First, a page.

Staying cool and comfortable during these hottest months of the year can be a challenge. You may have the air conditioning set as low as possible in your home and in your vehicle, and your family probably enjoys spending as much time as they can by the water. All these and others are ways to make hot days more pleasant, but you can’t very well lounge by the pool when you are at work.
In fact, even if you think your body is used to the warm climate in California, you may be at risk of heat-related injuries or illness at work when the temperature spikes. However, what you might not know is how susceptible you are to other types of accidents during the summer months.
Injuries are not limited to outdoor workers
You expect to hear increasing reports of workers suffering heat strokes, exhaustion and dehydration when the temperature reaches 90 degrees or higher. In fact, if you work in an industry such as agriculture, utilities, landscaping, construction or other outdoor work, the temperature probably dictates the intensity of your workload to avoid these health risks. However, one study shows that the higher the temperatures goes, the more likely you are to suffer injuries in other types of accidents, such as:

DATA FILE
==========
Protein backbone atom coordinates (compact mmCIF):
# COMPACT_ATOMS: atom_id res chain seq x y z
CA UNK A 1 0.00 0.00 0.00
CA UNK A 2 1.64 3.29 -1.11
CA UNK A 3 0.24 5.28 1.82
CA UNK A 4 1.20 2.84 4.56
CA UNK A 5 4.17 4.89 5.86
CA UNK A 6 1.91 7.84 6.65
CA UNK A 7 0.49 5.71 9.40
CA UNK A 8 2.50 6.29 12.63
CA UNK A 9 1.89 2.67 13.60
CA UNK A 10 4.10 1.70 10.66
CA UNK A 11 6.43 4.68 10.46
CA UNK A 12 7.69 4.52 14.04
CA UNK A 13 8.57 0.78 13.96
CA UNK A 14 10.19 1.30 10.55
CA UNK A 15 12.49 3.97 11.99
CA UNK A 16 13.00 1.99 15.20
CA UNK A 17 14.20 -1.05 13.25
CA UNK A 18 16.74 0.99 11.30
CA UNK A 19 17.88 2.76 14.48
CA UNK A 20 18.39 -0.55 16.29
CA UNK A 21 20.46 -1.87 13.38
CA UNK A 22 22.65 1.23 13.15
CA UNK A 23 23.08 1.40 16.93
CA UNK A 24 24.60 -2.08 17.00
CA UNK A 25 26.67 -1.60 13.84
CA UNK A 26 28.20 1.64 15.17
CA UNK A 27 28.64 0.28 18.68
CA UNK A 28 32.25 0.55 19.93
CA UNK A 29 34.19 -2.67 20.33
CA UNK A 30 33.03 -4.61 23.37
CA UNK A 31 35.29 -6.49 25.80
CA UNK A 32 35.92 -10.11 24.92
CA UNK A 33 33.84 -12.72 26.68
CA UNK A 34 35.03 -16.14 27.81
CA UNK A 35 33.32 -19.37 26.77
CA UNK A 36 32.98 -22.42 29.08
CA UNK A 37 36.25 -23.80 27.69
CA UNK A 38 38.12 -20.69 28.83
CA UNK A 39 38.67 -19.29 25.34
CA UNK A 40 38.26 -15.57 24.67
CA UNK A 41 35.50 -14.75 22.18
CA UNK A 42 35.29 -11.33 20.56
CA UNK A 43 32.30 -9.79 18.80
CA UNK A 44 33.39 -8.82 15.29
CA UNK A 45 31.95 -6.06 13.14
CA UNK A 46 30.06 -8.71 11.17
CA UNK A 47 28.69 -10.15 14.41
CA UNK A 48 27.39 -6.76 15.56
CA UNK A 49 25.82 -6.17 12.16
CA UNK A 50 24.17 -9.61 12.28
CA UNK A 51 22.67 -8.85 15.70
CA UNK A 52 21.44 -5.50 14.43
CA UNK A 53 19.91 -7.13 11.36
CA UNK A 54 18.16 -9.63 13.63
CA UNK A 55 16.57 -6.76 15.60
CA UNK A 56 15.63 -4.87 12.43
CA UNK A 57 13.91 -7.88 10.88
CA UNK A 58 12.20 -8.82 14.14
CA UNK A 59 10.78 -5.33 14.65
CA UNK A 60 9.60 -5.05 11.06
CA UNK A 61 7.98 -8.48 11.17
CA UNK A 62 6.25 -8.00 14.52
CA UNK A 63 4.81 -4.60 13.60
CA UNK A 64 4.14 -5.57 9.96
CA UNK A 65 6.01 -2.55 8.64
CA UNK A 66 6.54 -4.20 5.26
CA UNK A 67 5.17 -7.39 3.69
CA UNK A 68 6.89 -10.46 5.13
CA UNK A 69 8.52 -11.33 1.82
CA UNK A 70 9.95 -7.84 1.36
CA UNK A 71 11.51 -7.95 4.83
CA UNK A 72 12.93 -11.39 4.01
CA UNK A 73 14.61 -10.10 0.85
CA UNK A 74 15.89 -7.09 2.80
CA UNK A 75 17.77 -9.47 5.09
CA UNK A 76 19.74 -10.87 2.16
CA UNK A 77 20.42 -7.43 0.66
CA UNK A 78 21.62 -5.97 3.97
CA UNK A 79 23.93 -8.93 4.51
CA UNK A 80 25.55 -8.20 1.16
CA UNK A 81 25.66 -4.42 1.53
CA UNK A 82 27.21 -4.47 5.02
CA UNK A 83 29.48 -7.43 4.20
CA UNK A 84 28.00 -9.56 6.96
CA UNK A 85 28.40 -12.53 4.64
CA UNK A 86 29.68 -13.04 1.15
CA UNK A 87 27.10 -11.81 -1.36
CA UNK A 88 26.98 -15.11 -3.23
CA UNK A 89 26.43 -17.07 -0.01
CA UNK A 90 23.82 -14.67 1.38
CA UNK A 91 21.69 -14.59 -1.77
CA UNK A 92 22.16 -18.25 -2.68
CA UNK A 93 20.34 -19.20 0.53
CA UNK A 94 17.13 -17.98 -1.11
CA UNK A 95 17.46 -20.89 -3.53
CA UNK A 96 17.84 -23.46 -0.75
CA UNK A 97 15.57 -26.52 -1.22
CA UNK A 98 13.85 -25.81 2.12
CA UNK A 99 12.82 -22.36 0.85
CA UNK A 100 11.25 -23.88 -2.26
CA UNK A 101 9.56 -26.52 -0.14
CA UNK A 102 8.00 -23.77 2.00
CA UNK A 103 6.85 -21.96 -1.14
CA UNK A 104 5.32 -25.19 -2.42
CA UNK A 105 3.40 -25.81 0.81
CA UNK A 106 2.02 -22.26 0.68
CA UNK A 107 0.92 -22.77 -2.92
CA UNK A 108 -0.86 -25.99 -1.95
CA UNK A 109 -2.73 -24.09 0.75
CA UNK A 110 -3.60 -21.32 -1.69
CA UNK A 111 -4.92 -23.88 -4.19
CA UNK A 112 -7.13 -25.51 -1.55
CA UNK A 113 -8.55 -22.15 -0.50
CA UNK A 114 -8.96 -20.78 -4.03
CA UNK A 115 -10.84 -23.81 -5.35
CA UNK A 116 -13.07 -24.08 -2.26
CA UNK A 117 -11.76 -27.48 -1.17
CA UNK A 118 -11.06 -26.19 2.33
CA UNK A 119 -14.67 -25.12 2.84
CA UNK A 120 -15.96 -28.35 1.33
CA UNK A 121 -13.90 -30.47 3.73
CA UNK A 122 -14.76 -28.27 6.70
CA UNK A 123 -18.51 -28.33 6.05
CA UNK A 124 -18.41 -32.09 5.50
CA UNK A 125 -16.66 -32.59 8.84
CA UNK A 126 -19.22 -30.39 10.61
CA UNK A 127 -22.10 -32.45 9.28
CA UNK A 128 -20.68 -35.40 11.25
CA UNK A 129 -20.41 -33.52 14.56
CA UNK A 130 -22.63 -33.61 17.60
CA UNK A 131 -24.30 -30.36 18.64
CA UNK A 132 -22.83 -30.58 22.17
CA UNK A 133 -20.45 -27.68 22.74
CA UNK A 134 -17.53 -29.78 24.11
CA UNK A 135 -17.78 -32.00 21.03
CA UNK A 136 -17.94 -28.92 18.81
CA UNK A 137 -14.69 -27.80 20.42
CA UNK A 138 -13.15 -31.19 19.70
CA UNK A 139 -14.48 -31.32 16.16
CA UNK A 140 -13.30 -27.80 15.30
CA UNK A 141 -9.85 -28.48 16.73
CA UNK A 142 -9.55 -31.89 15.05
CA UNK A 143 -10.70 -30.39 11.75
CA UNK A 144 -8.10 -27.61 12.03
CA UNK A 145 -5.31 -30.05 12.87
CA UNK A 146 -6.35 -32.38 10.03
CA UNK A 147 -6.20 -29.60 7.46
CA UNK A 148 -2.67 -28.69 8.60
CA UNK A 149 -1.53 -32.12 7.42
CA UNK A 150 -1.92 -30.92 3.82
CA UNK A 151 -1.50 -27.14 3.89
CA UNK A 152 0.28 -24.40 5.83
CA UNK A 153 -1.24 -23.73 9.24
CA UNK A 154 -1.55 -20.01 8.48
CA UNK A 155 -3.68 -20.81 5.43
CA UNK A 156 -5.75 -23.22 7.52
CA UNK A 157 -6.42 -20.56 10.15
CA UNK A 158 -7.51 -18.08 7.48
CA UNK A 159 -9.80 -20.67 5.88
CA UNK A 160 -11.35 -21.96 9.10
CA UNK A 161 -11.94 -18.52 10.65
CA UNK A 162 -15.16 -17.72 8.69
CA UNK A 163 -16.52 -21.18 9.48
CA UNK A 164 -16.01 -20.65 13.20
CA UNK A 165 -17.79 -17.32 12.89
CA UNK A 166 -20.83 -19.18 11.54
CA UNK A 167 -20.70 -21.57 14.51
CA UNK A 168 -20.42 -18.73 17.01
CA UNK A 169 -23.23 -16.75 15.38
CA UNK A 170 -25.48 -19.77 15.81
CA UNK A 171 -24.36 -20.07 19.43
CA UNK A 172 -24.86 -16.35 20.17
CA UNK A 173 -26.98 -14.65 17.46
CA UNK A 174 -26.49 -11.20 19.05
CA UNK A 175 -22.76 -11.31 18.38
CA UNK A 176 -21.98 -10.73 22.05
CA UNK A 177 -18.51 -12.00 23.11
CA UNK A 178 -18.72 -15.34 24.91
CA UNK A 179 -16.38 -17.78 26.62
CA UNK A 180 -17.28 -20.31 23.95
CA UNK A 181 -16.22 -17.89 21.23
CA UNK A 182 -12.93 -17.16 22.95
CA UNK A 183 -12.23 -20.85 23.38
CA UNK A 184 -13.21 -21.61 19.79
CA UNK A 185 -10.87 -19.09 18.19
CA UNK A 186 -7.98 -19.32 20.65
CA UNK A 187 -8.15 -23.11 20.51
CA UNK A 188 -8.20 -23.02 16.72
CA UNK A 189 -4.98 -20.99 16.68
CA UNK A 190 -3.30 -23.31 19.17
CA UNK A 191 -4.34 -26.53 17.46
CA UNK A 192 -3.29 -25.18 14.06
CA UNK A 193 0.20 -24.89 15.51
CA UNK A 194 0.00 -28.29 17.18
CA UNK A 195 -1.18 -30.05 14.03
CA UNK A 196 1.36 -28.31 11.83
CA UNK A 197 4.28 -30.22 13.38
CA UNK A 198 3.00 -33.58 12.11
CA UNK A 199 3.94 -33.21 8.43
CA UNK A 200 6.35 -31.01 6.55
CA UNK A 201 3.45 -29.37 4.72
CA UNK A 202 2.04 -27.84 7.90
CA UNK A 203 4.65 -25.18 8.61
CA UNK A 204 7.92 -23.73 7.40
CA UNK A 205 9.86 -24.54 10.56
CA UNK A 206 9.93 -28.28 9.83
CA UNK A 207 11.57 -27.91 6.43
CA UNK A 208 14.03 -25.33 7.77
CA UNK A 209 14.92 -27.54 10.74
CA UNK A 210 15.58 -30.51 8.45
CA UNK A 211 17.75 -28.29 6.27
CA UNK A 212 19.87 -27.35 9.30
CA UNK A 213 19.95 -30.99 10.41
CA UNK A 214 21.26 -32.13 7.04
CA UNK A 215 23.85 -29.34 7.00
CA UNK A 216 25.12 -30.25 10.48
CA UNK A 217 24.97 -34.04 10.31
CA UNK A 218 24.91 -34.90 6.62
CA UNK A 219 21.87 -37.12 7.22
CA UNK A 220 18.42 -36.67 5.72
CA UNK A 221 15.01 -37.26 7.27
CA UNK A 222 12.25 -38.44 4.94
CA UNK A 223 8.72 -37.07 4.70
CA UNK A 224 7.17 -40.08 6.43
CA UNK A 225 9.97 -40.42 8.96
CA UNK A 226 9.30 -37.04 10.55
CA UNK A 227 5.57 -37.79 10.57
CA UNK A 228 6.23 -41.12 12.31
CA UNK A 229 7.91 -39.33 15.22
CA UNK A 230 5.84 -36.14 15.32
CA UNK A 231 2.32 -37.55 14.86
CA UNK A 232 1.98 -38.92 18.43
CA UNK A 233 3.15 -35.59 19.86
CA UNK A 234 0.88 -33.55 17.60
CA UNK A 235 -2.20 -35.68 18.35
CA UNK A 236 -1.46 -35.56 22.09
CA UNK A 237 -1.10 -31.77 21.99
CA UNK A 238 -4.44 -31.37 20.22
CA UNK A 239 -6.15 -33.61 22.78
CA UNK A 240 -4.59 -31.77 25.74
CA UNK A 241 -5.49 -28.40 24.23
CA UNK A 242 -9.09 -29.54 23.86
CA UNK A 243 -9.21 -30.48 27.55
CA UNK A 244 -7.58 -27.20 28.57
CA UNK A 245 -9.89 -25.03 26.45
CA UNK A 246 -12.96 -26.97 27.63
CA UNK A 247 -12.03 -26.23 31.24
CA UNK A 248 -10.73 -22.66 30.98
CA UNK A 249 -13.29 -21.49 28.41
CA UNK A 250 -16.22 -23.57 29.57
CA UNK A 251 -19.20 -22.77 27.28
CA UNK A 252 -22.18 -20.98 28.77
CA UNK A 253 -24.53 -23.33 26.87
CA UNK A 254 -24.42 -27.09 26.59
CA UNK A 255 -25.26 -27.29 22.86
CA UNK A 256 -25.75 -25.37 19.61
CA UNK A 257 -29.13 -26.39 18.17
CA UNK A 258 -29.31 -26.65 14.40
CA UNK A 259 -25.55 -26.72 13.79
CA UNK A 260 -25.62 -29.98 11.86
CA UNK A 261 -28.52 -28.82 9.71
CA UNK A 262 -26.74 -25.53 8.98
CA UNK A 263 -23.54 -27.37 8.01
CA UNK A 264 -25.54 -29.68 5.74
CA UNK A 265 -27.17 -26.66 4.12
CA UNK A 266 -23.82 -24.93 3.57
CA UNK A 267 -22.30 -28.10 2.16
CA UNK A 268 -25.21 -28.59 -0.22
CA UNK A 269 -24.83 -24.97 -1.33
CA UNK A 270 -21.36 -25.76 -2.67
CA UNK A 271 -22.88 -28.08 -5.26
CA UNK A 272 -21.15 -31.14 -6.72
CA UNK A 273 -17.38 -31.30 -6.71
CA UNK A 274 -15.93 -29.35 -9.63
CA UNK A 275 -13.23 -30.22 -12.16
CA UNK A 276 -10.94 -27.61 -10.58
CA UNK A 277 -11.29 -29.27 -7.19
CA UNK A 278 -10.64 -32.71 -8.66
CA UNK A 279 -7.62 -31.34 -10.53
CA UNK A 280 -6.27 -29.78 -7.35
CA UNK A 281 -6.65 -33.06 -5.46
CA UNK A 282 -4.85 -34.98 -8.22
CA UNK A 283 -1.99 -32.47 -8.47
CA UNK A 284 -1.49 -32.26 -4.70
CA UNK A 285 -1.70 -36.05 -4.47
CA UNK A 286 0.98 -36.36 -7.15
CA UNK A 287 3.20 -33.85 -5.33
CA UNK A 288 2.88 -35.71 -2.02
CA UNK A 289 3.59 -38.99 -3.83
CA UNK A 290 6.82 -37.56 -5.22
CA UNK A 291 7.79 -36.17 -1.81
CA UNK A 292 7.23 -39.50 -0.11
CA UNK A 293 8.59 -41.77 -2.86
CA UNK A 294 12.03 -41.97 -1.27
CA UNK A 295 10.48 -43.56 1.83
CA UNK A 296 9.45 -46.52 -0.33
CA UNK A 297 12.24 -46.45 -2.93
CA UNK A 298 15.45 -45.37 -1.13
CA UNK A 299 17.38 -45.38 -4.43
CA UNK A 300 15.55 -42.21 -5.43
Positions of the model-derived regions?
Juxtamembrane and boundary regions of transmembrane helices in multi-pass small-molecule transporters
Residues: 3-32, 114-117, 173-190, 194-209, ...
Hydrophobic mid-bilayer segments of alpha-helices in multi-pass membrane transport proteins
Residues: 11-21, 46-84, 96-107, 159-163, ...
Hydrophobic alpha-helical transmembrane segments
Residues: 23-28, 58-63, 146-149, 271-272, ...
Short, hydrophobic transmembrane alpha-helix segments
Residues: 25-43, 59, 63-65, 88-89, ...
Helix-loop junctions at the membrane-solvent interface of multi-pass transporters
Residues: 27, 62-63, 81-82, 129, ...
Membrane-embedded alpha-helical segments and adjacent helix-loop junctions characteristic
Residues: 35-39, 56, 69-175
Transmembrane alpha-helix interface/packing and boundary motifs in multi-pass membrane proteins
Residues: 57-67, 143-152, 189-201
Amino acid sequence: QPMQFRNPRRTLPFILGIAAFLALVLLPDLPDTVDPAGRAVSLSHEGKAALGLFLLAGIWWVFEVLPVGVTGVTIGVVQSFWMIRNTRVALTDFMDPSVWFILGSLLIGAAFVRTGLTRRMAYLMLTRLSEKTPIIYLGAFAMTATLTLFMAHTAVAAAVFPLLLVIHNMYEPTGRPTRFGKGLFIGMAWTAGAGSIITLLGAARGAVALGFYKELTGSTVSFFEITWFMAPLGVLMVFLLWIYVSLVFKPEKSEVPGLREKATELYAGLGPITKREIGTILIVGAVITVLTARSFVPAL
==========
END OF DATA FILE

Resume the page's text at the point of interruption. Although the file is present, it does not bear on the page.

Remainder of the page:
- Tripping and falling
- Falling from a ladder or other height
- Being struck by a moving object, such as machinery or a vehicle
- Getting a hand or other body part caught in machinery
The reason why you might be more susceptible to such accidents even if you work indoors is because the high temperatures can have a physiological effect that makes it more difficult for you to think clearly, remain alert and make sharp decisions. This can mean errors in judgment, slow reaction time and critical mistakes that jeopardize your safety. Research shows that if the temperature outside is in the 90s or higher, you could be at risk of these heat-related effects even while working in an air conditioned environment.
Your safety is key
More than 15 years ago, California mandated protections to reduce heat-related illnesses when the temperature rises above 95. This includes providing water, giving access to shade, training workers to recognize the signs of heat illness and planning outdoor work projects around excessively hot days.
Nevertheless, when the temperatures soar, your chances of suffering an injury on the job rise as much as 10%. You would be wise to learn how to protect yourself and what to do if you suffer an injury or illness on the job this summer.